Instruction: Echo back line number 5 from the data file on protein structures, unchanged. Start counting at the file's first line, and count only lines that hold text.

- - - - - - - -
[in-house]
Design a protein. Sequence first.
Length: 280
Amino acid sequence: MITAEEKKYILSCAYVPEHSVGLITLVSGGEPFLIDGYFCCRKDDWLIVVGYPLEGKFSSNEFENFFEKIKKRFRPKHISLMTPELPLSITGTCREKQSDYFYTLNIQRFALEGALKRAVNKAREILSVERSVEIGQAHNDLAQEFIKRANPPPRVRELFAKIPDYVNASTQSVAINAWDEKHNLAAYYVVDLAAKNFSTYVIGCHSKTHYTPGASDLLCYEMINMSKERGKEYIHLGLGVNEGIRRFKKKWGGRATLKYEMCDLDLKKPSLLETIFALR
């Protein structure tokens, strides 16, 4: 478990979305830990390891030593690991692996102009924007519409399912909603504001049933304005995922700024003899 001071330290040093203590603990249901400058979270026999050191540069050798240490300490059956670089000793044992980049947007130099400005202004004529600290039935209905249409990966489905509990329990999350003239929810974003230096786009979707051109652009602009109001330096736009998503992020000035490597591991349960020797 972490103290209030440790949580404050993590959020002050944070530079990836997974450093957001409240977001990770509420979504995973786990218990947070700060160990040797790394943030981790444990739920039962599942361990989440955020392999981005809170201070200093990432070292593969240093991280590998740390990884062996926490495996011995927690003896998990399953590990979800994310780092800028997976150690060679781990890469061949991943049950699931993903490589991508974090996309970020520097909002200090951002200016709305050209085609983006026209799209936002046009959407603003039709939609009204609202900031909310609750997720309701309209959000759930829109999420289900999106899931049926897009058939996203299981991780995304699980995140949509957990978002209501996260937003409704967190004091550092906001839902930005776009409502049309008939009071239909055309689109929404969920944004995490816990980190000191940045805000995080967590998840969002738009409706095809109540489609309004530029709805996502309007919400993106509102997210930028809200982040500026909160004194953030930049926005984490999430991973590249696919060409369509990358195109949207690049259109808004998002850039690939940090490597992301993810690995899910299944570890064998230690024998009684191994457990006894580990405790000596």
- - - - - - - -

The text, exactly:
């Protein structure tokens, strides 16, 4: 478990979305830990390891030593690991692996102009924007519409399912909603504001049933304005995922700024003899 001071330290040093203590603990249901400058979270026999050191540069050798240490300490059956670089000793044992980049947007130099400005202004004529600290039935209905249409990966489905509990329990999350003239929810974003230096786009979707051109652009602009109001330096736009998503992020000035490597591991349960020797 972490103290209030440790949580404050993590959020002050944070530079990836997974450093957001409240977001990770509420979504995973786990218990947070700060160990040797790394943030981790444990739920039962599942361990989440955020392999981005809170201070200093990432070292593969240093991280590998740390990884062996926490495996011995927690003896998990399953590990979800994310780092800028997976150690060679781990890469061949991943049950699931993903490589991508974090996309970020520097909002200090951002200016709305050209085609983006026209799209936002046009959407603003039709939609009204609202900031909310609750997720309701309209959000759930829109999420289900999106899931049926897009058939996203299981991780995304699980995140949509957990978002209501996260937003409704967190004091550092906001839902930005776009409502049309008939009071239909055309689109929404969920944004995490816990980190000191940045805000995080967590998840969002738009409706095809109540489609309004530029709805996502309007919400993106509102997210930028809200982040500026909160004194953030930049926005984490999430991973590249696919060409369509990358195109949207690049259109808004998002850039690939940090490597992301993810690995899910299944570890064998230690024998009684191994457990006894580990405790000596």